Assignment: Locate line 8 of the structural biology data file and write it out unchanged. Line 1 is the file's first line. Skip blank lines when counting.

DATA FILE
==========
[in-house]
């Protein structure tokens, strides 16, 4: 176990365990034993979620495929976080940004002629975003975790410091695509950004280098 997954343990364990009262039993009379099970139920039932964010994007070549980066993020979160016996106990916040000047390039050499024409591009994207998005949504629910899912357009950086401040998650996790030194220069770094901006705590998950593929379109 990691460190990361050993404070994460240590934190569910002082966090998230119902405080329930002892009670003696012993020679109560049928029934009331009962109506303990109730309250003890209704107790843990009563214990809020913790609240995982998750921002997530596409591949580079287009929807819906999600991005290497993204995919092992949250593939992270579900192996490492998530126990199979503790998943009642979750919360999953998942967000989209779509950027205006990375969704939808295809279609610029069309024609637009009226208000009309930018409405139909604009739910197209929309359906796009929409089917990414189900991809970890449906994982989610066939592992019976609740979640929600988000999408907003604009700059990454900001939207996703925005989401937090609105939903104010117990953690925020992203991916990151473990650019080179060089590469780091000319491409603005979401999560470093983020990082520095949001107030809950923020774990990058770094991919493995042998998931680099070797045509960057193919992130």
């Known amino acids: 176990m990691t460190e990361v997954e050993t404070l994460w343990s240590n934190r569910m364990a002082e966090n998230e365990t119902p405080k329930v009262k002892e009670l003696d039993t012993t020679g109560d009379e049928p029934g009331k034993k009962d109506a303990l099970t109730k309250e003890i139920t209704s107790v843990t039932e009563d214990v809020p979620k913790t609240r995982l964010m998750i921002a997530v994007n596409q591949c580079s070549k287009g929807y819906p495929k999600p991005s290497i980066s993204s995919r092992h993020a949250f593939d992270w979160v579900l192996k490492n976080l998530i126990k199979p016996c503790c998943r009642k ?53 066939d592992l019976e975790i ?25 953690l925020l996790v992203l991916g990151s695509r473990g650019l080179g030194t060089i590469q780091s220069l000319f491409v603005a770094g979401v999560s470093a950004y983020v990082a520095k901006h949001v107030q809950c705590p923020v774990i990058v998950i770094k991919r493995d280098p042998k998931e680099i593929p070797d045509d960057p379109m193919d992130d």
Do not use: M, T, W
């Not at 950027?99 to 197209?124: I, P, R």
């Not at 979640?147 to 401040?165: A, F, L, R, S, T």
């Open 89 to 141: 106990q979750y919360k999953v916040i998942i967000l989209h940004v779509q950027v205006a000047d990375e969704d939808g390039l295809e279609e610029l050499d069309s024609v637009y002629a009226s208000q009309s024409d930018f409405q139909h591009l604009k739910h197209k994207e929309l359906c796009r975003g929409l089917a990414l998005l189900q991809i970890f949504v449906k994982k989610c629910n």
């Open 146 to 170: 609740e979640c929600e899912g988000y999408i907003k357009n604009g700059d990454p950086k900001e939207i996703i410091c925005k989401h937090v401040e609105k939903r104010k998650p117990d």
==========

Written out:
């Open 146 to 170: 609740e979640c929600e899912g988000y999408i907003k357009n604009g700059d990454p950086k900001e939207i996703i410091c925005k989401h937090v401040e609105k939903r104010k998650p117990d």